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Any type of birth control is considered contraception. There are several methods of contraception available, and each has benefits and drawbacks of its own. Finding a strategy that fits your needs and way of life is crucial. Hormonal, barrier, intrauterine devices (IUDs), and sterilization are the most popular contraceptive techniques.

When using hormonal techniques, substances are sent into the body to stop ovulation or make the uterine lining hostile to fertilized eggs. Oral contraceptives (often known as “the pill”), patches, injections, and implants are some of these options. One of the most successful methods of contraception, the pill has a greater than 99% success rate when used as directed.

To be effective, it must be taken each day at the same time. Similar to the pill, the patch and vaginal ring also operate. However, they are less efficient because they can lose some of their potency if you forget to take them or don’t change them as regularly as recommended.

Barrier strategies function by actually preventing sperm from reaching the egg. Condoms for both sexes, diaphragms, cervical caps, and spermicides are some examples. The only technique of birth control that also protects against STDs is the use of condoms (STIs). Condoms are around 98% effective in preventing pregnancy when used properly.

Small devices called intrauterine devices (IUDs) are inserted by a medical professional into the uterus. IUDs can last between three and ten years before needing to be changed and can be constructed of copper or plastic.

IUDs hinder implantation by either releasing hormones or by triggering an inflammatory reaction inside the uterus. IUDs may be removed whenever you want to become pregnant and are more than 99% effective in preventing conception.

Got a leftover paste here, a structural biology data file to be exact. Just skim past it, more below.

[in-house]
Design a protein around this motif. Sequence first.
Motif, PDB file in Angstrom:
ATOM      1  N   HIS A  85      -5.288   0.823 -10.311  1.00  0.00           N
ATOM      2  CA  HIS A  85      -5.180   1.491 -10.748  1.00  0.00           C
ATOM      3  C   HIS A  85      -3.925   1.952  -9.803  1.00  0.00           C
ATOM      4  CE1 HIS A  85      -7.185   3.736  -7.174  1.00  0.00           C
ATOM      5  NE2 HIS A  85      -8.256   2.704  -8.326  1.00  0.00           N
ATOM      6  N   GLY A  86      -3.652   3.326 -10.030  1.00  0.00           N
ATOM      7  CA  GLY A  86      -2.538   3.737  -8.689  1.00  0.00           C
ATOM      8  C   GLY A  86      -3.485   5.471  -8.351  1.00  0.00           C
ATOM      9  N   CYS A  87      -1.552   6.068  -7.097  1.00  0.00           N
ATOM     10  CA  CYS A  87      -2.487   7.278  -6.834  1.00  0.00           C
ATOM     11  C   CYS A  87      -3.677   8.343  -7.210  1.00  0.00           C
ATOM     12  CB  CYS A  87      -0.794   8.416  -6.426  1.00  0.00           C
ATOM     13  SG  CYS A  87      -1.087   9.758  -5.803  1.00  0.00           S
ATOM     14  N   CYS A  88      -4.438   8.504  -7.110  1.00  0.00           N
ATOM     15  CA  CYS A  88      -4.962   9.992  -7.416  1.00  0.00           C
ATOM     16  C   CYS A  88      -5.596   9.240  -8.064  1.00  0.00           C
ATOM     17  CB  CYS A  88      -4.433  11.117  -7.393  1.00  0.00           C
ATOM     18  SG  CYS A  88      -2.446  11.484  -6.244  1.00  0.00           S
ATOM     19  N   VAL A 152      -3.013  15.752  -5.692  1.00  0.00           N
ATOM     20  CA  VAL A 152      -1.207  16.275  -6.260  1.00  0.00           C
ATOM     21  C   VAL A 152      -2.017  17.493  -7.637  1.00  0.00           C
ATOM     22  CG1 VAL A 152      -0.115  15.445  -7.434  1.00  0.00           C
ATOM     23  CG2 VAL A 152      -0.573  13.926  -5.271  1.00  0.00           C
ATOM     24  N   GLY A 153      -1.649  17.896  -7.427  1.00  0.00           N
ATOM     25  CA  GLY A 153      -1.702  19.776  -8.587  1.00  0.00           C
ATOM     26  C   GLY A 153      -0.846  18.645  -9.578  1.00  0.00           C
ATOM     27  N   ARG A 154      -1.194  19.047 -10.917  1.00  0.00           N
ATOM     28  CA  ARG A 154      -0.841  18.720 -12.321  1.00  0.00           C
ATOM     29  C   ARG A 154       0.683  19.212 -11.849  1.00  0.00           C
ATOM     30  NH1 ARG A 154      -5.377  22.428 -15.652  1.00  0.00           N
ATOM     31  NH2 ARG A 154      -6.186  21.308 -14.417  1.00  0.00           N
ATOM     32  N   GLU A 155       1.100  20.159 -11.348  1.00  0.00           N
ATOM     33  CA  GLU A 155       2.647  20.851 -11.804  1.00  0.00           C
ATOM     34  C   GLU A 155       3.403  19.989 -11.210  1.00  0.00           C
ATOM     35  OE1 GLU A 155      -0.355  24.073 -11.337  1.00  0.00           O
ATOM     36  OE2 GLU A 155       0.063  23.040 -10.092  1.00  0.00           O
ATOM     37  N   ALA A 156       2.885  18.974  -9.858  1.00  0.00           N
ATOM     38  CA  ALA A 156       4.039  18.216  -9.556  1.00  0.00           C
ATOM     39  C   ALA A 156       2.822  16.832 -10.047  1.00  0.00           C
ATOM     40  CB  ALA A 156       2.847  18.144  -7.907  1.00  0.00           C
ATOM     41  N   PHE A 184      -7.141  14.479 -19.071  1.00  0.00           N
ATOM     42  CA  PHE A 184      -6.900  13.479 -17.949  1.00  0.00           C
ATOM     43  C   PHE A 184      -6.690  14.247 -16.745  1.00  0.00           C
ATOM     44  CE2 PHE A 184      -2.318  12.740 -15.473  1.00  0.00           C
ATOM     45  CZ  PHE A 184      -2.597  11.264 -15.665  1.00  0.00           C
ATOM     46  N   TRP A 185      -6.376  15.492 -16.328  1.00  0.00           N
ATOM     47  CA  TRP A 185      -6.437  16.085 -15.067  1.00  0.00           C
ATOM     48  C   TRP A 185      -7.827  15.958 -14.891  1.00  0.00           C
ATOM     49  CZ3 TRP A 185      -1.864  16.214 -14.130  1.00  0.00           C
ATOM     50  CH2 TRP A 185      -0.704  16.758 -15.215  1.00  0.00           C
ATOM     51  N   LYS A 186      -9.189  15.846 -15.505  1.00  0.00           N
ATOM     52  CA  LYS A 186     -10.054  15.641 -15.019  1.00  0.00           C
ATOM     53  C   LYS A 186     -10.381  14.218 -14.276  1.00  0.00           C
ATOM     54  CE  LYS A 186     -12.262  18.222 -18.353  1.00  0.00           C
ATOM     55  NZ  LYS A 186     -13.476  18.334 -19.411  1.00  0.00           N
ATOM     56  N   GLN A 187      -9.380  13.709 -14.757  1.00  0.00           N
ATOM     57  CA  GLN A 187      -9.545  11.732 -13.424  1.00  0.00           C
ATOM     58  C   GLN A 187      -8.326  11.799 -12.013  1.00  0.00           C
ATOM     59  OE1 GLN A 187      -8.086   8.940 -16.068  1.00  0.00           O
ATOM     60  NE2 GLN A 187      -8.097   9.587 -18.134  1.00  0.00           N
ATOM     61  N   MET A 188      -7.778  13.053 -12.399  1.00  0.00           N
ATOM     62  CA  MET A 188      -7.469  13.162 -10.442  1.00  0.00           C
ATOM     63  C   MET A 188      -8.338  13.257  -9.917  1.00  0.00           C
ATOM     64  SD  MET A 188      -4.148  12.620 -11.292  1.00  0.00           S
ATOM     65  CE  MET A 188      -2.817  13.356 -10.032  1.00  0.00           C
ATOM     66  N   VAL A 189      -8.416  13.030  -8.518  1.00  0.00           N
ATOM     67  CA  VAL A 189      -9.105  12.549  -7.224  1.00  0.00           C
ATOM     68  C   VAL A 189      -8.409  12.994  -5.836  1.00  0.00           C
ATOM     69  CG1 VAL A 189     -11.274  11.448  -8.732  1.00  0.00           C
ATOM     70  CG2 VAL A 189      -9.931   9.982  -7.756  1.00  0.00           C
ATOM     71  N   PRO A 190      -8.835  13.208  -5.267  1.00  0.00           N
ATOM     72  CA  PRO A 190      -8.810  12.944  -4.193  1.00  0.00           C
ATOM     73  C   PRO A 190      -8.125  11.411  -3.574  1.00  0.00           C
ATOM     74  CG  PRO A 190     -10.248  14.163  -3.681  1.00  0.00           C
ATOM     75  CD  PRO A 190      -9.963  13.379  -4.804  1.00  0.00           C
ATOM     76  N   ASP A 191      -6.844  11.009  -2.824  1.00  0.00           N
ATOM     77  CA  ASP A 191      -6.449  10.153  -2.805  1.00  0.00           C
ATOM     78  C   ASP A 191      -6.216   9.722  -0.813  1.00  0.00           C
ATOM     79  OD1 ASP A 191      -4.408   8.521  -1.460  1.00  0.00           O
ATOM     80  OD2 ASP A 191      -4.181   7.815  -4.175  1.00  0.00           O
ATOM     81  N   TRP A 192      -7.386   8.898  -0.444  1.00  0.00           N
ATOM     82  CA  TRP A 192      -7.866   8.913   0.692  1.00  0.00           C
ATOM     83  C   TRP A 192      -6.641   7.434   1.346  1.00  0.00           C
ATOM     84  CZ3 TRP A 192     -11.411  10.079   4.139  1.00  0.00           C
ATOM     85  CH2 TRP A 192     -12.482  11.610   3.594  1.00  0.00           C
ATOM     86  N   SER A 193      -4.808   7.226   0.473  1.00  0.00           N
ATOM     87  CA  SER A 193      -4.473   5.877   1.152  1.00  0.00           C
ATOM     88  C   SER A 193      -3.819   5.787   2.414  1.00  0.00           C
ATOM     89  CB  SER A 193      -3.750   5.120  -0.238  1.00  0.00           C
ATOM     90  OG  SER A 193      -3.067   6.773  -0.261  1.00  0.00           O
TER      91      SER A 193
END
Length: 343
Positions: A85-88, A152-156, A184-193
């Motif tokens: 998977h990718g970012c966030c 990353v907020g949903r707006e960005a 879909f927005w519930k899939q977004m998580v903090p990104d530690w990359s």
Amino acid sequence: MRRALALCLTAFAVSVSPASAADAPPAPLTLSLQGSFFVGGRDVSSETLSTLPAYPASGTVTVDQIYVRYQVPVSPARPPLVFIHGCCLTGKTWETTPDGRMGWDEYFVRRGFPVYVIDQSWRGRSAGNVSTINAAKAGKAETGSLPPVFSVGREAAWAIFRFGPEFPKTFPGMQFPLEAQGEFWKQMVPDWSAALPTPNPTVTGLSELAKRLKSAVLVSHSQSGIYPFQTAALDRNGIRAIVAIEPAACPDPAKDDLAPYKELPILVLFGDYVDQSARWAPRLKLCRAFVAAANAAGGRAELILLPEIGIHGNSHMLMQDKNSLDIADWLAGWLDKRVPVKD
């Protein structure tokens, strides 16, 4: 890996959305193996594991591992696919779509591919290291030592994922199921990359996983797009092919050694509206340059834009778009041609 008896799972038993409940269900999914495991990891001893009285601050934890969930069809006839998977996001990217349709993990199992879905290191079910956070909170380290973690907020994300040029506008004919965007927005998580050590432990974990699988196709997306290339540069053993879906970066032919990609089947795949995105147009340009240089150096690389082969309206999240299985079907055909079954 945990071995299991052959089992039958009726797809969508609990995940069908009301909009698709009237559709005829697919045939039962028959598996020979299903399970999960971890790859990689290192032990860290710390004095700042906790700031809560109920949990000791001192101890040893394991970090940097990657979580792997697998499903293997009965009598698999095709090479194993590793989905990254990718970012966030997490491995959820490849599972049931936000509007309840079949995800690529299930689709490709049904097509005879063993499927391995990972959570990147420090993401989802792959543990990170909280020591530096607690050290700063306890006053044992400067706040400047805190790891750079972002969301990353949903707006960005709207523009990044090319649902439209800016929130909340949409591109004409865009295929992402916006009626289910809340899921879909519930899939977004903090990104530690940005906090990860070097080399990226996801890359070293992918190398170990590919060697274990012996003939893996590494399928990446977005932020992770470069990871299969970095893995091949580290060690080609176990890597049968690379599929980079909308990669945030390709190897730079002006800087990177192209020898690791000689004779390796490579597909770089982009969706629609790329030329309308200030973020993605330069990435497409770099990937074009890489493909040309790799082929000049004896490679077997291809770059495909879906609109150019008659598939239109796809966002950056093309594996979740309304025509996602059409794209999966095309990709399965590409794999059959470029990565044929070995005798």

The permanent method of contraception known as sterilization is typically used by individuals who do not wish to have any more children or by couples who have achieved their family planning objectives. Surgery or an implant that plugs the fallopian tubes can be used for sterilization. Sterilization is more than 99% successful in preventing conception, but it cannot be reversed, so you must be sure you don’t want any more kids before choosing this course of action.

The effectiveness of contraceptives like “the pill” or injections depends on how frequently they are used. A woman must have a fresh injection of Depo-Provera every three months. An intrauterine device, or IUD, is a plastic T-shaped device that a healthcare professional inserts into the uterus.

The Fallopian tubes are blocked during sterilization surgery so that eggs cannot fertilize in the uterus. Men who have vasectomy procedures prevent sperm from passing, while women who have tubal ligation procedures prevent eggs from reaching the uterus to be fertilized.

There are several varieties of contraception available, each with unique benefits and drawbacks. Finding a technique that suits your needs and way of life is crucial. Consult your healthcare practitioner if you have any questions about which approach might be best for you.